The Battle of Britain, which raged between July and October 1940, pitted the Royal Air Force against the German Luftwaffe in a duel for air superiority over southern England. Pilots on both sides were at the controls of some of the most iconic aircraft in aviation history, including the Spitfire, Hurricane and Messerschmitt Bf 109.
Here are 9 iconic aircraft of the Battle of Britain:
The Spitfire was the iconic aircraft of the Battle of Britain and became the symbol of British defiance in the air. Designed by Reginald Mitchell, it had an advanced all-metal airframe, making it light and strong. It took longer to build than the Hurricane and was less sturdy, but it was faster and had a responsiveness which impressed all who flew it. Crucially, it was a match for the Luftwaffe’s Messerschmitt Bf 109 and was superior to it at lower altitudes. The Spitfire entered service with No. 19 Squadron at Duxford in August 1938. Production was slow at first, but by September 1940 it was in service with 18 RAF squadrons. Spitfires shot down a total of 529 enemy aircraft, for a loss of 230 of their own.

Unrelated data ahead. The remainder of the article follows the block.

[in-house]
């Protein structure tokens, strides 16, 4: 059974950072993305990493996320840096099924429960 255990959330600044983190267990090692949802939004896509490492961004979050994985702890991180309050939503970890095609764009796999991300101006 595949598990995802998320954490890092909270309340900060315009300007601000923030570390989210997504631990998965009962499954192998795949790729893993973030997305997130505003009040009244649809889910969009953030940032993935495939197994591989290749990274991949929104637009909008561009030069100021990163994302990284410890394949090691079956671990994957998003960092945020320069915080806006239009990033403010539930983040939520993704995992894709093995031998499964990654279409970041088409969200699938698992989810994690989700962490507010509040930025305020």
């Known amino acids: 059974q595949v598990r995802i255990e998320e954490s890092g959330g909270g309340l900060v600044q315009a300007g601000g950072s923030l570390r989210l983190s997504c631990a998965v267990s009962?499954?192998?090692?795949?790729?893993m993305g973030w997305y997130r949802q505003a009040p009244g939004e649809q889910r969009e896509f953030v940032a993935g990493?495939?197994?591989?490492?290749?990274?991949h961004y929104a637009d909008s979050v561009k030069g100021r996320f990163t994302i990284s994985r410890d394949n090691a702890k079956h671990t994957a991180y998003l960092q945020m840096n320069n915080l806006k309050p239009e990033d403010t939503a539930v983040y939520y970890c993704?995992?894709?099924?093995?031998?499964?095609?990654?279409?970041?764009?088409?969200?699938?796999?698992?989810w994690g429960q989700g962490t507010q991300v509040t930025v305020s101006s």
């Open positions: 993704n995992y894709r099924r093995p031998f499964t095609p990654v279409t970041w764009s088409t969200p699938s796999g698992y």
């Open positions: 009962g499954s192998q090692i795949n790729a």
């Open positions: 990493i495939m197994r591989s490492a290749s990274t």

The Hurricane was the most numerous of RAF Fighter Command’s aircraft during the Battle of Britain, equipping 33 squadrons by September 1940. Its traditional design – a wood and metal framework covered in fabric – was derived from earlier biplane fighters and was essentially out of date despite later improvements. However, it was a stable and rugged aircraft that could be maintained and repaired more easily than the Spitfire. Its limitations meant that, where possible, Hurricane squadrons were directed against enemy bombers while the superior Spitfires dealt with the fighter escorts. Despite its shortcomings, the Hurricane accounted for 656 German aircraft during the Battle of Britain – more than the Spitfire. Between 30 July and 16 September, 404 Hurricanes were destroyed.